The University announced April 17 that it is looking at a site south of Poe and Pardee fields, the traditional end of the P-rade at Reunions, as the location for a 500-student residential college.
At the same time, Princeton said that an area along Ivy Lane and Western Way, north of the football stadium, is a potential site for an expansion of the engineering school and for facilities to house environmental studies and the departments of geosciences and ecology and evolutionary biology (EEB).
President Eisgruber ’83 described the sites as “promising locations” for the high-priority projects that emerged from Princeton’s strategic plan. But he added: “We have more work to do and more consultations to conduct before making final decisions, and we welcome comments from members of our campus, town, and alumni communities as we continue to refine our planning.”
The future of the 275,000-square-foot EQuad, built in 1962, is still to be determined, according to Daniel Day, assistant vice president for communications. Also uncertain are plans for Guyot Hall, the 1909 building that houses geosciences, EEB, and the Princeton Environmental Institute.
More details are expected with the release of Princeton’s campus plan in the fall. After the locations are set, architects will be selected and fund-raising will take place.
From the time that groundbreaking occurs, Day said, it would take about five years for the residential college — Princeton’s seventh — to open. The proposed site, located between Elm Drive and Roberts Stadium, is large enough to accommodate an additional residential college in the future, he said.
Located on the planned sites for the engineering and environmental facilities are parking lots, 30 townhouses for faculty and staff, and a building that houses the Center for the Study of Religion.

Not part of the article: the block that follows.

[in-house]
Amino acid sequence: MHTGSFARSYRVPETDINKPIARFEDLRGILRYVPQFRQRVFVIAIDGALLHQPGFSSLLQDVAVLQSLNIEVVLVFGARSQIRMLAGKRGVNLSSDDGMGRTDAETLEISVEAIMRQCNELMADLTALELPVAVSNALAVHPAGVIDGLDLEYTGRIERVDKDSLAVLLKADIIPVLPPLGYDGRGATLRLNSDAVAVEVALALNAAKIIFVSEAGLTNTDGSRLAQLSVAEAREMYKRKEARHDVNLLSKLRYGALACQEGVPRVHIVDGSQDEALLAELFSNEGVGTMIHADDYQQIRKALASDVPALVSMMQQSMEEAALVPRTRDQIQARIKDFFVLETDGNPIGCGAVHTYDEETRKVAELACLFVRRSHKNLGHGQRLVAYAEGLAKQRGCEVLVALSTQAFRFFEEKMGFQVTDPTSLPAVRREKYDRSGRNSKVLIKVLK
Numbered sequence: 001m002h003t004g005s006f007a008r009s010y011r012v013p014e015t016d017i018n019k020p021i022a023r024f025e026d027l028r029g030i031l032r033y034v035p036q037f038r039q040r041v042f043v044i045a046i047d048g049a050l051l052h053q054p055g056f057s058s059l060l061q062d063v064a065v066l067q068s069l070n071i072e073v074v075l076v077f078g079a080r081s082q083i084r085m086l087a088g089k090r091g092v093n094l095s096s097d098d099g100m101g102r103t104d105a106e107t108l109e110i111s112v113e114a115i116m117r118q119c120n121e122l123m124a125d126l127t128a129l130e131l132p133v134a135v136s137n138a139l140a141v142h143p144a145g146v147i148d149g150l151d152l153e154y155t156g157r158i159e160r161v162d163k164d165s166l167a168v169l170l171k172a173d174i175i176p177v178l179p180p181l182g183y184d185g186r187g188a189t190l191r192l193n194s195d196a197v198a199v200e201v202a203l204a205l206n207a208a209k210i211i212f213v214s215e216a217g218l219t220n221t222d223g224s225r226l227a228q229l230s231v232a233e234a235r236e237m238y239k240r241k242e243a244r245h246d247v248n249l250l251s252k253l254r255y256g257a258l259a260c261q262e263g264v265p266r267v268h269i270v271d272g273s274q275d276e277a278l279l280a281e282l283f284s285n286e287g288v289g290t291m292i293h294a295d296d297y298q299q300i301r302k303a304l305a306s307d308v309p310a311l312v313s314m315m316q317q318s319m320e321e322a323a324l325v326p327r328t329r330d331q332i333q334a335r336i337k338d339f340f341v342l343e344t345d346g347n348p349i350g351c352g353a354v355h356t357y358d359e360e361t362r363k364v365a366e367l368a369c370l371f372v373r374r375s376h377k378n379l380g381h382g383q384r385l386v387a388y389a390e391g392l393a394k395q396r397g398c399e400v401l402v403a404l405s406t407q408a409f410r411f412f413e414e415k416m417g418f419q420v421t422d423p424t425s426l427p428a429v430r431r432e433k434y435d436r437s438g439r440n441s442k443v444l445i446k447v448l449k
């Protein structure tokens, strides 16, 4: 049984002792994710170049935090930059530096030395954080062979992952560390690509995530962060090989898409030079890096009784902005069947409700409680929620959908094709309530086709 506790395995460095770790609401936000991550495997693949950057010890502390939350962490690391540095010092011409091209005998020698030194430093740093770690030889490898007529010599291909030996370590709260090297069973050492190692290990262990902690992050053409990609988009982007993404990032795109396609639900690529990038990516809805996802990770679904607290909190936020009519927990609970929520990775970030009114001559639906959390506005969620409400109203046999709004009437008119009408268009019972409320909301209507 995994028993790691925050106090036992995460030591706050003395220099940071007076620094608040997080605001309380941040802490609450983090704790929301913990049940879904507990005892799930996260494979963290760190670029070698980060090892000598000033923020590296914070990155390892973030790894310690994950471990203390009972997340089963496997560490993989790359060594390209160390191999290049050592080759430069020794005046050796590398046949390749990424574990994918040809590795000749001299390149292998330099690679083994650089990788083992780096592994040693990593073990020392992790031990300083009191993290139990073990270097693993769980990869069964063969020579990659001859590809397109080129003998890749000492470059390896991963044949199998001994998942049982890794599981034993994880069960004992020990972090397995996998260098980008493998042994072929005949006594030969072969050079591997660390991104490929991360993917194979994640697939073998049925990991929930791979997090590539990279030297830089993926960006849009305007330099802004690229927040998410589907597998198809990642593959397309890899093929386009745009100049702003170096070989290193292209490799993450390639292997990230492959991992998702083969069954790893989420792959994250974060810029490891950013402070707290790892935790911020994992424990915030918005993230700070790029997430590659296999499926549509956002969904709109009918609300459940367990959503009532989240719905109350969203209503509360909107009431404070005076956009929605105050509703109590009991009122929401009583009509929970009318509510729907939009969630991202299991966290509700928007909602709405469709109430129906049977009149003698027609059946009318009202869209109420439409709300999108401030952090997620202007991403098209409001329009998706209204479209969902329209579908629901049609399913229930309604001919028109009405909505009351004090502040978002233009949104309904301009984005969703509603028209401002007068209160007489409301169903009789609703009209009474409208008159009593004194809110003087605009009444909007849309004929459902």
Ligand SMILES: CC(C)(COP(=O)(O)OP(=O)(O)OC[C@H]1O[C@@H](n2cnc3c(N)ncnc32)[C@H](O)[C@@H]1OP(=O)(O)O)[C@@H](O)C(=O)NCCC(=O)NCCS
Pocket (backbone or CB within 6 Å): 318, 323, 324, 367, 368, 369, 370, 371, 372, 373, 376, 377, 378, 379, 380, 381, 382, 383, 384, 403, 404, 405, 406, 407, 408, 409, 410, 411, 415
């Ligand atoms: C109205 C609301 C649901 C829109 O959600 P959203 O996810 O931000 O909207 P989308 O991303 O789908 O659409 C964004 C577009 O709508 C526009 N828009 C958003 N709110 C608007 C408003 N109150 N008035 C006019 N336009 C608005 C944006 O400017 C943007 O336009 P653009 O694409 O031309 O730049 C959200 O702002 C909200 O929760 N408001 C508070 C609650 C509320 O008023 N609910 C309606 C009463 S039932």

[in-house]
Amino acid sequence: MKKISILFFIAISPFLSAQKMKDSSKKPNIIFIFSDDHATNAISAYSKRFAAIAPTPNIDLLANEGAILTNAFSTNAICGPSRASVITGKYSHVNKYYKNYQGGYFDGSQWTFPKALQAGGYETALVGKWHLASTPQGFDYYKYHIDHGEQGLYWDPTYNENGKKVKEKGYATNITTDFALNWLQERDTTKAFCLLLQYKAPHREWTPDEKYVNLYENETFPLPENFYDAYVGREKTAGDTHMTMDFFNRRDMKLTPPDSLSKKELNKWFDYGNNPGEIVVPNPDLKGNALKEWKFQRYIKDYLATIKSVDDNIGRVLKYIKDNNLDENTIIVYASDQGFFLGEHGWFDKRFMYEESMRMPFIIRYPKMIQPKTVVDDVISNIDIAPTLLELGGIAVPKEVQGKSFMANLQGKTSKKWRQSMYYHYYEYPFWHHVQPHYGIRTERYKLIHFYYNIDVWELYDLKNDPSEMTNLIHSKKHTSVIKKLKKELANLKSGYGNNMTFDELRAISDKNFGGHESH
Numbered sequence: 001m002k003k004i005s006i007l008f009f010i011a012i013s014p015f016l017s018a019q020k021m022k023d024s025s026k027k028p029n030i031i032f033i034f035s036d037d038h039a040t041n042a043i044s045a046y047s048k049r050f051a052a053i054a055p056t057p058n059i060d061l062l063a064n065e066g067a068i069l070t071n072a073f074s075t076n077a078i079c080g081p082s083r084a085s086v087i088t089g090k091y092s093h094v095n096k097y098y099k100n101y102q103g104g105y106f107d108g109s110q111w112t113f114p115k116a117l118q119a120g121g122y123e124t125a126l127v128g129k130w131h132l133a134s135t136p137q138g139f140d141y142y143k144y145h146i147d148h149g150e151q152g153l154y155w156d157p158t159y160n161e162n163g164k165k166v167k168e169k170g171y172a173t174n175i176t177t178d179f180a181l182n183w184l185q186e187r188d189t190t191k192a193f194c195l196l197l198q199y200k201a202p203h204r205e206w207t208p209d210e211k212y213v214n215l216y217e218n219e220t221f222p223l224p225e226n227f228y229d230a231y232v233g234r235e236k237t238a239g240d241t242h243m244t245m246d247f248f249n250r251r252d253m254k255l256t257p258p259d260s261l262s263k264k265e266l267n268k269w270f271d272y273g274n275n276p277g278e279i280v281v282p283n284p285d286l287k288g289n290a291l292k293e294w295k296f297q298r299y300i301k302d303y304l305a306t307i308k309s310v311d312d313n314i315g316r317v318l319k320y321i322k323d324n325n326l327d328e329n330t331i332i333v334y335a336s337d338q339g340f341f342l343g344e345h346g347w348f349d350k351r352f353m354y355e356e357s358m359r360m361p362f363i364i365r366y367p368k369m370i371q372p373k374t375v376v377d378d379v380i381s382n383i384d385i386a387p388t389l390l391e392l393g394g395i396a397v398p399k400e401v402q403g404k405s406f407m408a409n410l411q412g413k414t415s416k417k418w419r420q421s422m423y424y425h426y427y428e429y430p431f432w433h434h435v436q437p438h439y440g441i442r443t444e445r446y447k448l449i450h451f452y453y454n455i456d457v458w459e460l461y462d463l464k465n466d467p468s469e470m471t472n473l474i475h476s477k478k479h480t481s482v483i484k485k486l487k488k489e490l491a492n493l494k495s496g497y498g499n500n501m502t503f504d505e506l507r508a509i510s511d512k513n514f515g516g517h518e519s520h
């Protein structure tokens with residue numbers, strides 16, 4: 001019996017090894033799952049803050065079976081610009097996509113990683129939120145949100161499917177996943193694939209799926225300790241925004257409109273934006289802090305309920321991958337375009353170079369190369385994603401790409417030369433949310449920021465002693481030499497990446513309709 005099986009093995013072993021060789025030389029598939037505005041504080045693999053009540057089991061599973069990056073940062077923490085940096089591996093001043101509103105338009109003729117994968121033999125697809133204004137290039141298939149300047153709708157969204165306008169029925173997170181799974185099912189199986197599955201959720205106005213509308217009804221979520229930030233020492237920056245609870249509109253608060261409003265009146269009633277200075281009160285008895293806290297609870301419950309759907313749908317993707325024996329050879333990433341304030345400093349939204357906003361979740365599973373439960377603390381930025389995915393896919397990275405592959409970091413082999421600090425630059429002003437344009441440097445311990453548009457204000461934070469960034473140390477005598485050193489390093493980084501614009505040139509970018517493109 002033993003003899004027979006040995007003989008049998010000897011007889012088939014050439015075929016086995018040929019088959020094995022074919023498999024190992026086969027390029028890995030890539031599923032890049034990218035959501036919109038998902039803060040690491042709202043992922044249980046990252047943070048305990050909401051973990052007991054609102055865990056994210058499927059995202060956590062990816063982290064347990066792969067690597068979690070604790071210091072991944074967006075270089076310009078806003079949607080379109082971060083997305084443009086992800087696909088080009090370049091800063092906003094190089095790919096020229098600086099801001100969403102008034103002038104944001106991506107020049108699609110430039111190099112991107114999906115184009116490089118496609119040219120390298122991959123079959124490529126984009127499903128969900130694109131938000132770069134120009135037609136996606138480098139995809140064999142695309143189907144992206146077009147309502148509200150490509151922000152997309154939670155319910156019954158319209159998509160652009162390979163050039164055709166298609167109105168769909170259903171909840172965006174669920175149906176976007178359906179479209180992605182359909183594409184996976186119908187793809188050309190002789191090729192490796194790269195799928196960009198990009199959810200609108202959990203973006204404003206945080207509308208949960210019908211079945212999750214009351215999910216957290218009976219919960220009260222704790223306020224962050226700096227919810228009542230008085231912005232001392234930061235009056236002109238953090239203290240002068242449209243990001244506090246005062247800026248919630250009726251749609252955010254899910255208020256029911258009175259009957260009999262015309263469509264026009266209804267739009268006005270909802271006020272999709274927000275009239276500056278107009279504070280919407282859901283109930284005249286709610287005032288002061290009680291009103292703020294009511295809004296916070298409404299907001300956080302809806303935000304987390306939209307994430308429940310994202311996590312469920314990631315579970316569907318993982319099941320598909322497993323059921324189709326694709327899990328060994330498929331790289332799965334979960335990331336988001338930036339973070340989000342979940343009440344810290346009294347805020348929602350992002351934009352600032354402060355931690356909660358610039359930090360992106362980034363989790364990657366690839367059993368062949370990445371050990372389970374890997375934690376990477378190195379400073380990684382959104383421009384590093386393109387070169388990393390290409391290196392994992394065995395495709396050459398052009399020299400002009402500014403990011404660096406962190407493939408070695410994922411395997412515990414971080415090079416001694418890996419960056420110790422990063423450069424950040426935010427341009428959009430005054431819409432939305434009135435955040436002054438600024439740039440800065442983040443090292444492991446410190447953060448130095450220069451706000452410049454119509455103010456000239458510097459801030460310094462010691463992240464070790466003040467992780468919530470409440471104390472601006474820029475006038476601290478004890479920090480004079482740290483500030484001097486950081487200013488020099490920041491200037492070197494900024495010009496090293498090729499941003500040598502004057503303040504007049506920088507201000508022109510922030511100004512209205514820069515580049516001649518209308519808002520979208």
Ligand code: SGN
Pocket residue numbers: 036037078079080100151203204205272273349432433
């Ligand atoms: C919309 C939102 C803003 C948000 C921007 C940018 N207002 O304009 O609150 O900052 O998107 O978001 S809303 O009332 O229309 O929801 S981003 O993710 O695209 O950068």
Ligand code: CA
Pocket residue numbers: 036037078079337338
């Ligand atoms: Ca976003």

Emily Carter, dean of the School of Engineering and Applied Science, said new facilities are “absolutely crucial” to the school’s future. She said cramped and dated facilities “hamper our ability to attract and retain talent at every level.”
While all departments are affected, she said, computer science has been squeezed most acutely because of a rapid increase in course enrollment and concentrators. The department is housed in all or parts of six buildings, she said. Initiatives in bioengineering and robotics also require much more space, she said, and “we have to make the case to our alumni, parents, and friends” to support expanded facilities and faculty.
The University said it anticipates a variety of uses south of Lake Carnegie, and that it is considering building a bridge for pedestrians and cyclists to cross the lake near DeNunzio Pool. Among the possibilities for the land, in West Windsor Township, are tennis courts and softball facilities to replace those on the site of the new residential college; buildings for academic and innovation initatives; and housing for graduate students and postdocs. All academic classrooms and all undergraduate housing would continue to be located north of the lake.